Polygamy, fraud and luxury cars on tap in Utah trial

In this photo provided by the Davis County Sheriff's Office shows Lev Aslan Dermen. Openings arguments are set Wednesday, Jan. 29, 2020, in Utah for a California businessman who prosecutors accuse of being a key figure in a $511 million tax credit scheme carried out by two executives of a Salt Lake City biodiesel company linked to a polygamous group. The men from the polygamous group pleaded guilty last year to money fraud and other charges and are expected to testify against Lev Aslan Dermen, who has pleaded not guilty. (Davis County Sheriff's Office, via AP)

SALT LAKE CITY — Openings arguments are set this week in Utah for a California businessman who prosecutors accuse of being a key figure in a $511 million tax credit scheme carried out by two executives of a Salt Lake City biodiesel company linked to a polygamous group.

The men from the polygamous group pleaded guilty last year to money fraud and other charges.

Lev Aslan Dermen has pleaded not guilty to 10 counts, including money laundering and mail fraud.

Opening arguments that were scheduled for Wednesday afternoon were pushed back until Thursday morning because of lingering issues in picking a jury from among a group of more than 30 potential jurors. A jury of 16 people was finally selected Wednesday afternoon.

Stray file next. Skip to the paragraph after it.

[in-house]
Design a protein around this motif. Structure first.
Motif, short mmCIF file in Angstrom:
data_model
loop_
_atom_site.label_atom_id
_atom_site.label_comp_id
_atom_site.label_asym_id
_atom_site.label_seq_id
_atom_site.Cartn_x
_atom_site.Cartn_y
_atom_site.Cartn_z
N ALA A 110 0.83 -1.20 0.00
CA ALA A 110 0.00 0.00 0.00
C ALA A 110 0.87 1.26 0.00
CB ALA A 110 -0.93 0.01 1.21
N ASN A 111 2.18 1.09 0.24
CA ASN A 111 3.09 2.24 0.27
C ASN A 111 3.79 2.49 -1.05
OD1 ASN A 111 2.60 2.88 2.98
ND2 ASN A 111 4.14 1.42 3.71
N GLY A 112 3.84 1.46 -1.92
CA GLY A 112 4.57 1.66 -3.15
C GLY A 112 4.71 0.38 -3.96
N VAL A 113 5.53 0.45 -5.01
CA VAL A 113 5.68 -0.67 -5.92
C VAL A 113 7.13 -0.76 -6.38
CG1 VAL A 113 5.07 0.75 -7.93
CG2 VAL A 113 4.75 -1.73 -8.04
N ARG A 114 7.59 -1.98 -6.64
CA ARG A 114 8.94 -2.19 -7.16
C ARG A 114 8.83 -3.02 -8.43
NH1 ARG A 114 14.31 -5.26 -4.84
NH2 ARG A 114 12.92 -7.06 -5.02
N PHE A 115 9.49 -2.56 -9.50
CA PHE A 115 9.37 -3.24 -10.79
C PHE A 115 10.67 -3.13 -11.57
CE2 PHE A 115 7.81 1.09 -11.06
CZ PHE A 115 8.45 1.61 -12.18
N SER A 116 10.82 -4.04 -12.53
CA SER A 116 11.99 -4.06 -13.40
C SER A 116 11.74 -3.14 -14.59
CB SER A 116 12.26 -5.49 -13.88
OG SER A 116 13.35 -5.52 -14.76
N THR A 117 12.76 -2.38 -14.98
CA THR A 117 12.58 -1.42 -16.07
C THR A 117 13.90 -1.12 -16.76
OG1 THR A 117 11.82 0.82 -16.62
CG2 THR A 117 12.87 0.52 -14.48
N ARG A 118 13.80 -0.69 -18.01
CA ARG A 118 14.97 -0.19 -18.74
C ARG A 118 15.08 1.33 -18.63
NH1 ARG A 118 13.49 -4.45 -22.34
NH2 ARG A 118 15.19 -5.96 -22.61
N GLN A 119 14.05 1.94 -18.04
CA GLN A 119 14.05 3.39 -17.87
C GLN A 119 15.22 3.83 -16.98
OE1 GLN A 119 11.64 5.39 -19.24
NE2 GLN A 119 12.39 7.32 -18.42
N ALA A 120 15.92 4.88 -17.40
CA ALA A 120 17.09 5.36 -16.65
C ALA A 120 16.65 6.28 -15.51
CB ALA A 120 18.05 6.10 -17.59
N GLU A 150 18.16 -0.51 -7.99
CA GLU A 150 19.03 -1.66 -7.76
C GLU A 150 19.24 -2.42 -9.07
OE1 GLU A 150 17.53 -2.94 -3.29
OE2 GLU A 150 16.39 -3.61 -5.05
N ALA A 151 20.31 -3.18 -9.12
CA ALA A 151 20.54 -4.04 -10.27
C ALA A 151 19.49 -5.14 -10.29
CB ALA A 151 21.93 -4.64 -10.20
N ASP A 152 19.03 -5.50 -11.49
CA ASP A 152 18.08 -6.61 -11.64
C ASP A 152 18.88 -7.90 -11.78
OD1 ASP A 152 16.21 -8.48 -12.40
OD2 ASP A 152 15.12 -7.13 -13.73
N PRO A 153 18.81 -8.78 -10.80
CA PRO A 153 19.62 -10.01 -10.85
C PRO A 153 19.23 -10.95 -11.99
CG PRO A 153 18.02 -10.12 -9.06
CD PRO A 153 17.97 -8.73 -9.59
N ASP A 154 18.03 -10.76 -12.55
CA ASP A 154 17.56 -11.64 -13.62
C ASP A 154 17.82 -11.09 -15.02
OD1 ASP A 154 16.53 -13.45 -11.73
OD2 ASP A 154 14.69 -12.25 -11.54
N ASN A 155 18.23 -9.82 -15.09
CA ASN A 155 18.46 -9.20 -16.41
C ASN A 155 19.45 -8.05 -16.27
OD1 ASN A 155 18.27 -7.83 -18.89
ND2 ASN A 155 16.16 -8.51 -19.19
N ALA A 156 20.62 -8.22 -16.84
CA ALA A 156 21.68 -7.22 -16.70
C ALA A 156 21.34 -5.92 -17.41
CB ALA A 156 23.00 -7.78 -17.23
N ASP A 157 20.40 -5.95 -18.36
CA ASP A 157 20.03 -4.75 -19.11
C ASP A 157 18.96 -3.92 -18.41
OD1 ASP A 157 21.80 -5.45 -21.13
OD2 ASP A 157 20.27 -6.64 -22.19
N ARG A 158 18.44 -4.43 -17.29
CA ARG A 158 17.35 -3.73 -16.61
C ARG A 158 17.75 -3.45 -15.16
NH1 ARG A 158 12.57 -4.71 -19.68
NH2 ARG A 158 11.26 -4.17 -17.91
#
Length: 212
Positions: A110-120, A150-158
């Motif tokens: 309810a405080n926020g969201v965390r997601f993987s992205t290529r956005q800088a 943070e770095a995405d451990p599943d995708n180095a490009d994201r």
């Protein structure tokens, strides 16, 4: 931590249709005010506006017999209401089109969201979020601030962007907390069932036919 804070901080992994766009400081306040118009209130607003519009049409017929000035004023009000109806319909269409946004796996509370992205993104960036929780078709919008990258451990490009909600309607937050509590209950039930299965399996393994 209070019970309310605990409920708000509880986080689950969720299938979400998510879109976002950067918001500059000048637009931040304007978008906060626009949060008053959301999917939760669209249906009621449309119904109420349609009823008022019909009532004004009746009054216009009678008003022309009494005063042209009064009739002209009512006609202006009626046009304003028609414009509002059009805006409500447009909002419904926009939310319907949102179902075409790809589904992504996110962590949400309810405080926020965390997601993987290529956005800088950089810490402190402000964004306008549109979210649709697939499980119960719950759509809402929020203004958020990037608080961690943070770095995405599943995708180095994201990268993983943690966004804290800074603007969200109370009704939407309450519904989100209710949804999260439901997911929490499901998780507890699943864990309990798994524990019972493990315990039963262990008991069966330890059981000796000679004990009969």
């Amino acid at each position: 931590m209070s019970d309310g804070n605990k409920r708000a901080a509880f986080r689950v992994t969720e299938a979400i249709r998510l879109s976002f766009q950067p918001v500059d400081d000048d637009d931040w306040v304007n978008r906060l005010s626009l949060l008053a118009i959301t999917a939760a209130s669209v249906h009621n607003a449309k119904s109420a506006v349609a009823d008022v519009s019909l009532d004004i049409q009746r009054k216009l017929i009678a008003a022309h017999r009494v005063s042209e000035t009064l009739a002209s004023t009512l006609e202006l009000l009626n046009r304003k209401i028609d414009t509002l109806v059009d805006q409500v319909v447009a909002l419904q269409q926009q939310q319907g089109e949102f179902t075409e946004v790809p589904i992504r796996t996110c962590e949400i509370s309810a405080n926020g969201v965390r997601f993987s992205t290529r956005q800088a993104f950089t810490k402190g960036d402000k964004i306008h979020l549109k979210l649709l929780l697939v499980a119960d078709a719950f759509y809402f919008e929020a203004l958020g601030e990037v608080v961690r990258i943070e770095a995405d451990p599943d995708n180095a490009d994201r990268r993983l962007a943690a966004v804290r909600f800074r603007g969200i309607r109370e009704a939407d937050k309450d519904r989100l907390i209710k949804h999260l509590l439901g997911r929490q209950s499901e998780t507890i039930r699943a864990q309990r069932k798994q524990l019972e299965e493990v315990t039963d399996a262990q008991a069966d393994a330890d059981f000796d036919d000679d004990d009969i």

Prosecutors say Dermen told the men how to launder the money, including buying luxury sports cars and million-dollar homes. They say he also bribed law enforcement to protect the men, though he’s not charged with bribery.

One of Dermen’s attorneys is Mark Geragos, a Los Angeles lawyer who has represented actress Winona Ryder and musicians Michael Jackson and Chris Brown. Geragos is expected to push back against the prosecutors’ assertion that Dermen was the mastermind of the scheme.

The business involved in the scheme, Washakie Renewable Energy, once described itself as the largest producer of clean burning and sustainable biodiesel in Utah.

But prosecutors say the company was actually creating fake production records to get renewable-fuel tax credits, then laundering the proceeds from 2010 through 2016. Instead of making their own biodiesel as required in the program, they were buying and selling biofuels from other places and selling it. Dermen bought some of that second-hand biofuel and sold it at his gas stations, prosecutors allege.

Company CEO Jacob Kingston pleaded guilty in July 2019 to more than three dozen counts, including mail fraud, money laundering and obstruction of justice. His brother and company CFO Isaiah Kingston pleaded guilty to more than a dozen similar counts.

Prosecutors have said both men are members of the northern Utah-based Davis County Cooperative Society, also known as the Kingston Group, which practices polygamy and owns hundreds of businesses. Group leaders have condemned fraudulent business practices.

The money they earned in the scheme was used to buy houses and property in Turkey and Belize as well as Utah and Arizona, according to plea documents.

Prosecutors planned to seize items including a $3.6 million home in Huntington Beach, California, as well as a Bugatti and Lamborghini as a result of the pleas. Prosecutors are also seizing other cars, cash and homes, including an upscale six-bedroom house in a Salt Lake City suburb that was valued at $4 million, according to county property records.

Dermen’s trial is expected to last at least one month.

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